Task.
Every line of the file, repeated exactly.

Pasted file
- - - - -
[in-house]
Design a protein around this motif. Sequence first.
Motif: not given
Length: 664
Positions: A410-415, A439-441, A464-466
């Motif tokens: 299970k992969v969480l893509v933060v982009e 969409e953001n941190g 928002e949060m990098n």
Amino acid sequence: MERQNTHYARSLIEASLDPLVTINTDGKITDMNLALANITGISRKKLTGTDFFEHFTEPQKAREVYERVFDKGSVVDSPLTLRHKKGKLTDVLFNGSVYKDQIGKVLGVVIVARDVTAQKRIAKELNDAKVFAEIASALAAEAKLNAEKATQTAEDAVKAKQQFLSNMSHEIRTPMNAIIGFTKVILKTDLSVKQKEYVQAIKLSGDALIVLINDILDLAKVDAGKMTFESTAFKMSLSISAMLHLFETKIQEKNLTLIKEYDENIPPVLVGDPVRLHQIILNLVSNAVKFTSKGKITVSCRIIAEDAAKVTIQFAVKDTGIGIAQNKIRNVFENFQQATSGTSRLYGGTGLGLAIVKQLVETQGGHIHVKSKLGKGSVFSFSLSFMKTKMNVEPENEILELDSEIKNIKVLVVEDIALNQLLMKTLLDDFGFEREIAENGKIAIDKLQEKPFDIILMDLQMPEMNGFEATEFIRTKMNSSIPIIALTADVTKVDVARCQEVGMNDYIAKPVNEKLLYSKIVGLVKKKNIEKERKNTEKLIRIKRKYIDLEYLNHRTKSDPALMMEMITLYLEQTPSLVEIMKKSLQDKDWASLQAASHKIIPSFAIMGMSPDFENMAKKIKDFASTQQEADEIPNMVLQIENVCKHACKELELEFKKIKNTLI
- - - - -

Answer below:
[in-house]
Design a protein around this motif. Sequence first.
Motif: not given
Length: 664
Positions: A410-415, A439-441, A464-466
């Motif tokens: 299970k992969v969480l893509v933060v982009e 969409e953001n941190g 928002e949060m990098n």
Amino acid sequence: MERQNTHYARSLIEASLDPLVTINTDGKITDMNLALANITGISRKKLTGTDFFEHFTEPQKAREVYERVFDKGSVVDSPLTLRHKKGKLTDVLFNGSVYKDQIGKVLGVVIVARDVTAQKRIAKELNDAKVFAEIASALAAEAKLNAEKATQTAEDAVKAKQQFLSNMSHEIRTPMNAIIGFTKVILKTDLSVKQKEYVQAIKLSGDALIVLINDILDLAKVDAGKMTFESTAFKMSLSISAMLHLFETKIQEKNLTLIKEYDENIPPVLVGDPVRLHQIILNLVSNAVKFTSKGKITVSCRIIAEDAAKVTIQFAVKDTGIGIAQNKIRNVFENFQQATSGTSRLYGGTGLGLAIVKQLVETQGGHIHVKSKLGKGSVFSFSLSFMKTKMNVEPENEILELDSEIKNIKVLVVEDIALNQLLMKTLLDDFGFEREIAENGKIAIDKLQEKPFDIILMDLQMPEMNGFEATEFIRTKMNSSIPIIALTADVTKVDVARCQEVGMNDYIAKPVNEKLLYSKIVGLVKKKNIEKERKNTEKLIRIKRKYIDLEYLNHRTKSDPALMMEMITLYLEQTPSLVEIMKKSLQDKDWASLQAASHKIIPSFAIMGMSPDFENMAKKIKDFASTQQEADEIPNMVLQIENVCKHACKELELEFKKIKNTLI